For freelance facilitator Angie Woo, 56, low numbers of Covid-19 infections in some countries and Singapore’s own vaccination drive are feeding hopes that international travel may be back on the cards next year.

“At this point I’m dying to get out,” she said. “Places like Australia and Taiwan seem good options as they have low infection numbers.”

Mrs Woo, who was vaccinated in January, hopes that if enough people are vaccinated, quarantine requirements between countries with low infection rates may be relaxed. And the mother of two children in their 20s hopes to be able to use some of the long weekends next year for a family vacation.

There will be five long weekends next year, one more than the four this year, the Ministry of Manpower announced yesterday in its release on gazetted public holidays.

In fact, six of the 11 public holidays fall on a Friday, Sunday or Monday.

As Labour Day and Hari Raya Aidilfitri fall on consecutive days on Sunday, May 1 and Monday, May 2 next year, they will be part of a single long weekend of four days. May 3, a Tuesday, will be a public holiday.

Observers note that overseas travel has been sorely missed by many in Singapore, and long weekends mean less when home is now synonymous with the workplace.

PeopleWorldwide Consulting’s managing director David Leong said the year-long work-from-home arrangements many employees have been faced with due to the coronavirus pandemic have increasingly blurred the line between weekdays and weekends.

“Long weekends were a celebrated getaway for most. Now, they’re muted and less of a thrill since travel bubbles are still not properly formed for safe travel,” he added.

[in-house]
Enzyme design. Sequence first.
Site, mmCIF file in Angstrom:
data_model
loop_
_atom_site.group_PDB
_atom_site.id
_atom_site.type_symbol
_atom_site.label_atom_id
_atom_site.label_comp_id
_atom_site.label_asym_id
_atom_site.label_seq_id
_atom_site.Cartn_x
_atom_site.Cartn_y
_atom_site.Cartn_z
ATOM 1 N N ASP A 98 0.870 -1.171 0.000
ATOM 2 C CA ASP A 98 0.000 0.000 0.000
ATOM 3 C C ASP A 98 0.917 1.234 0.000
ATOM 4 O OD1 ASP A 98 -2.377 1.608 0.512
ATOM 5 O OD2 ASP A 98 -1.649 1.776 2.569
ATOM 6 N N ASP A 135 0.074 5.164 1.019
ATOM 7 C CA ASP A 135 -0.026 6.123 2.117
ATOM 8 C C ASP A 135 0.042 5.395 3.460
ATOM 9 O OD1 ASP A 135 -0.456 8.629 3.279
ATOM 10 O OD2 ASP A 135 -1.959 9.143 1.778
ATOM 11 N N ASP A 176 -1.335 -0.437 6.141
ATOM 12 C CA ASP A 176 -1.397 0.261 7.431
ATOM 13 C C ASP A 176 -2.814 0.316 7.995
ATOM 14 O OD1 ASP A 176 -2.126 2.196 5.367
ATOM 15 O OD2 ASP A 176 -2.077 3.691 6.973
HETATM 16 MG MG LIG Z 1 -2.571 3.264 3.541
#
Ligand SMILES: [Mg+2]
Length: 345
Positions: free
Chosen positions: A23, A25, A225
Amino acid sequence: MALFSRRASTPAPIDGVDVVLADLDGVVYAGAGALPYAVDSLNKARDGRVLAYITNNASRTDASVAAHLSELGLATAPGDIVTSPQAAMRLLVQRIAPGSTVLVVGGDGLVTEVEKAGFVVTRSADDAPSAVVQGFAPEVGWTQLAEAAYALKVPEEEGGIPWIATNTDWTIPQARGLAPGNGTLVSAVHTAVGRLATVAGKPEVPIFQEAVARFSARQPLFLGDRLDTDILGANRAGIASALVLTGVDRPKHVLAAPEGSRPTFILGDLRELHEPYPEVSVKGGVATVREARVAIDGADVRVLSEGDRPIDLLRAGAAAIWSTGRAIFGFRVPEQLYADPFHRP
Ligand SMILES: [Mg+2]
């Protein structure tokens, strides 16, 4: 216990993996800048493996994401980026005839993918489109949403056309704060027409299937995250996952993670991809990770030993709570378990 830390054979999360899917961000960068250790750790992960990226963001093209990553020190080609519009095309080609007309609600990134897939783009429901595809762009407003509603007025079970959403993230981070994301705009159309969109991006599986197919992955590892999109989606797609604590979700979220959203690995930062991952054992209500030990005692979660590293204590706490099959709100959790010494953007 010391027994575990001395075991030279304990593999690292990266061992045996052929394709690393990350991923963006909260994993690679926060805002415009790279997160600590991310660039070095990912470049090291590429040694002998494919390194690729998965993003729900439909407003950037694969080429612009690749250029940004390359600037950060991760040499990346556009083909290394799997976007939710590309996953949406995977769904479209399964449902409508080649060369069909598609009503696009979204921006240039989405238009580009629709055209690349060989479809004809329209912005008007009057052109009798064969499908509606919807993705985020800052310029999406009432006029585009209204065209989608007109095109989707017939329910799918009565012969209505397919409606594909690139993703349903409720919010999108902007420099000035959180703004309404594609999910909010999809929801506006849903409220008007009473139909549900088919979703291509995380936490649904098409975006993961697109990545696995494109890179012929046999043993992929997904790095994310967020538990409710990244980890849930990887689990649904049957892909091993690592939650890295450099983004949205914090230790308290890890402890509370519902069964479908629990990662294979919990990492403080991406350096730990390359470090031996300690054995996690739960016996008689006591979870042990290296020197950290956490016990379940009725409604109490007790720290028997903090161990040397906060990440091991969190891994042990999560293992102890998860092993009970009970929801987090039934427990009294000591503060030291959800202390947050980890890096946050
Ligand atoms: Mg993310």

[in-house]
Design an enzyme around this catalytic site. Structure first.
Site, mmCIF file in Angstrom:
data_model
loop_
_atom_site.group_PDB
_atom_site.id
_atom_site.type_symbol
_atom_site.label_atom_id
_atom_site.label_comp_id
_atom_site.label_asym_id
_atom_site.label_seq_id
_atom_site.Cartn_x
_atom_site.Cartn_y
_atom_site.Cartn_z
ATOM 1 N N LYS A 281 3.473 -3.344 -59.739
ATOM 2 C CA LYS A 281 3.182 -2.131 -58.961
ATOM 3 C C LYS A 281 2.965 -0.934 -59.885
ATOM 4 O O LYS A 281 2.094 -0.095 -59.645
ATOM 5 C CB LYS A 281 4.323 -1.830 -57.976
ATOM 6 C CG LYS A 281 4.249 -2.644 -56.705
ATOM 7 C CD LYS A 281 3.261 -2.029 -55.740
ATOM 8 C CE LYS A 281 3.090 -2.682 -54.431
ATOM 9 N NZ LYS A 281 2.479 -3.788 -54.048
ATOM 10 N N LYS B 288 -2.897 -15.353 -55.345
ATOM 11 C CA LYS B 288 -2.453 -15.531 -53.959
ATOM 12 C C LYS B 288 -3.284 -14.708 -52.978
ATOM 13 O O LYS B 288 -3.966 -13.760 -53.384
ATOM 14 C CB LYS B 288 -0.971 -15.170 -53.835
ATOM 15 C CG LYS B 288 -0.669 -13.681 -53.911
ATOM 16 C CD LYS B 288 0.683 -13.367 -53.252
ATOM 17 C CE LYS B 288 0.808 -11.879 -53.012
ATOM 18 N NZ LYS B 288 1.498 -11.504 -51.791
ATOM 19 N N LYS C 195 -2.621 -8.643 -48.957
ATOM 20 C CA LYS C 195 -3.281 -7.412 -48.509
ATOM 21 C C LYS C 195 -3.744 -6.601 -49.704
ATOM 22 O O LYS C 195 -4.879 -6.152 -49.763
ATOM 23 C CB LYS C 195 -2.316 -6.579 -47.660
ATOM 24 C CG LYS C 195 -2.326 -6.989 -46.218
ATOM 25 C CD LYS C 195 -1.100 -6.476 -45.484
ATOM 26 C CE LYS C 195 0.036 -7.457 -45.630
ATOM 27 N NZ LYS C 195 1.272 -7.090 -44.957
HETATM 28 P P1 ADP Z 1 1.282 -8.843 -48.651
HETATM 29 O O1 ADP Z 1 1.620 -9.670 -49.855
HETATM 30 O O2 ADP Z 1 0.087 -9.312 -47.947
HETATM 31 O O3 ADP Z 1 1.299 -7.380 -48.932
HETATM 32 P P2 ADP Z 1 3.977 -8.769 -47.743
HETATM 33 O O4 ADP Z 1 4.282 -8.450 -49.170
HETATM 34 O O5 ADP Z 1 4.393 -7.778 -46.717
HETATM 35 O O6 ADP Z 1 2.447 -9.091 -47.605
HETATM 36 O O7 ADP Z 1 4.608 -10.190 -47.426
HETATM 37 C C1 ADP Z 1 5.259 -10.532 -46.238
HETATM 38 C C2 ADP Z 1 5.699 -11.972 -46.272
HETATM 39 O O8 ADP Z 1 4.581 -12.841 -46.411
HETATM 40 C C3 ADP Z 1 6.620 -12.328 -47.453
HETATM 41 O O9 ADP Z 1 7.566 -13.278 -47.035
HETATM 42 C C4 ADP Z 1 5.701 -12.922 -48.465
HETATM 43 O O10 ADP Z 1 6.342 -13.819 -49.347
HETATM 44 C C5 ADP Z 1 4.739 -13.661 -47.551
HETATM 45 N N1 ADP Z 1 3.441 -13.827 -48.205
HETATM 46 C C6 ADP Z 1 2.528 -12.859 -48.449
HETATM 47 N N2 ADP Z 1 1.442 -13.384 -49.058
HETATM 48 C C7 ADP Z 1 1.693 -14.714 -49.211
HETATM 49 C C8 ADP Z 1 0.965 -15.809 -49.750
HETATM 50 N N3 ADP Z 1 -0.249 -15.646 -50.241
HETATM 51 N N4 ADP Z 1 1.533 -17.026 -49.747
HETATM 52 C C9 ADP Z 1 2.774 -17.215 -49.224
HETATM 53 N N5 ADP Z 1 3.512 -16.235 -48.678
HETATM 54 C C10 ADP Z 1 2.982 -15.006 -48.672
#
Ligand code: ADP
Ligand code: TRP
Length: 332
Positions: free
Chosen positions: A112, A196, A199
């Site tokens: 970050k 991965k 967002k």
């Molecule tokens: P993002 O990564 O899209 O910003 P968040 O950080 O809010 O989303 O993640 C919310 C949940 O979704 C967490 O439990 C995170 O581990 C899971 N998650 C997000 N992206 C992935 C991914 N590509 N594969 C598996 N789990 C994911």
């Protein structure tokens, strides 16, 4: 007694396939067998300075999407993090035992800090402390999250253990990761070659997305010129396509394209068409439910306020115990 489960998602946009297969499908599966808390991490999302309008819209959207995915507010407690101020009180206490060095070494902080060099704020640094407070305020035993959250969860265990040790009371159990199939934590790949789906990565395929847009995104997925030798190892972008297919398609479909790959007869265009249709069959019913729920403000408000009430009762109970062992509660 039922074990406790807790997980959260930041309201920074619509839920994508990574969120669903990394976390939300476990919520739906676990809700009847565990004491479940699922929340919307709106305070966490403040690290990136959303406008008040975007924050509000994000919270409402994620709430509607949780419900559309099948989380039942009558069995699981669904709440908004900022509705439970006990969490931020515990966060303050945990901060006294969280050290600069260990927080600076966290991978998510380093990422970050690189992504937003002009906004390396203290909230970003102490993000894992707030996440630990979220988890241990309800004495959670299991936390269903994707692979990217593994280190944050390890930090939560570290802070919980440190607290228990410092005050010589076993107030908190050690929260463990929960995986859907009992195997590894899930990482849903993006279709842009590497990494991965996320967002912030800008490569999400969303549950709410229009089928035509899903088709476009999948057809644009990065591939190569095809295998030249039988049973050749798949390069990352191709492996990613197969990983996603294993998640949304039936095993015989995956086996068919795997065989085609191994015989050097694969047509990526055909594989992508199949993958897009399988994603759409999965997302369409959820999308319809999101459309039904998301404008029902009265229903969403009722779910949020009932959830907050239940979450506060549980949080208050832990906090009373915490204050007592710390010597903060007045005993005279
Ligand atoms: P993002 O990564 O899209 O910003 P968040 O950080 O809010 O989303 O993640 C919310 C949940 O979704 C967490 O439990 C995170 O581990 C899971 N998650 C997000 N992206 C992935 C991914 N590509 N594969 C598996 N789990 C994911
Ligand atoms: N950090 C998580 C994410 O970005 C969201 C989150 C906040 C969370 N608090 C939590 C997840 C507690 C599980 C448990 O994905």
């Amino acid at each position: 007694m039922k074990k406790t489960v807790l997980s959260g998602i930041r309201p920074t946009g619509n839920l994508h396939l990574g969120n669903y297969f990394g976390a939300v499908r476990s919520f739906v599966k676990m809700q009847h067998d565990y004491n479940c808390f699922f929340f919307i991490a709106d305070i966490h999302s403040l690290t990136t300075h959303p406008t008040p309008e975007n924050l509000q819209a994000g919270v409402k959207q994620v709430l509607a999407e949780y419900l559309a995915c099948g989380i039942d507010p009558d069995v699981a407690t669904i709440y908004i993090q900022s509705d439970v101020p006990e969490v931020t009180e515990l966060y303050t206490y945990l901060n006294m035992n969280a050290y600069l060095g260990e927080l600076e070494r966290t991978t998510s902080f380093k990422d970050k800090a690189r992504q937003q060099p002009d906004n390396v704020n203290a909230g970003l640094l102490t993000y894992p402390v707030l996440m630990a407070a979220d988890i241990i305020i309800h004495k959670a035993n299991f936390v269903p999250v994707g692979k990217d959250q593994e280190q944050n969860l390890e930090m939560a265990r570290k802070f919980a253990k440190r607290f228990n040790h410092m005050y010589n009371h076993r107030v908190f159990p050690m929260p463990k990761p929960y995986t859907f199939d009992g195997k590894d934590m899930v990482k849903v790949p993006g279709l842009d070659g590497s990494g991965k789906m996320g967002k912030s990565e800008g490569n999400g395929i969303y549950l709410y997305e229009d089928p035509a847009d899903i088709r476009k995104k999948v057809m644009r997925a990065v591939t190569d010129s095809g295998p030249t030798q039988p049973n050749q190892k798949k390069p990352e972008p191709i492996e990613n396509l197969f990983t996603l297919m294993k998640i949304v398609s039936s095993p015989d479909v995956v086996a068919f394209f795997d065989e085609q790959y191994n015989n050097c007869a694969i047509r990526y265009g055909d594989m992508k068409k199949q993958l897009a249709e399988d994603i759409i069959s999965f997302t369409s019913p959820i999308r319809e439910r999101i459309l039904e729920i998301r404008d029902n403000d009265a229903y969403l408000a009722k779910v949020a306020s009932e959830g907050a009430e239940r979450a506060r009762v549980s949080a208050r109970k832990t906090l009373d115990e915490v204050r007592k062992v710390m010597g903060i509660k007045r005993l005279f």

Ms Alicia Seah, director of public relations and communications at Dynasty Travel, said that while the skies are not yet clear, her agency has begun receiving calls from vaccinated customers asking where they might be able to travel to.

“People seem to be less keen on local tourism as the pandemic wears on, but international leisure travel can resume only if quarantine restrictions on both ends lift,” she cautioned.

Some, however, are not too fussed about travelling in the near future. Business associate Kristerbel Pang, 24, who travelled often before the pandemic, is considering using her own leave to extend one or two of the long weekends.

But she is also concerned that even if international travel restarts, it could be hurt by spikes in prices due to pent-up demand.

“I might go on a cruise to nowhere, or spend time with friends and family. The most important thing about holidays is the people you spend them with,” she said.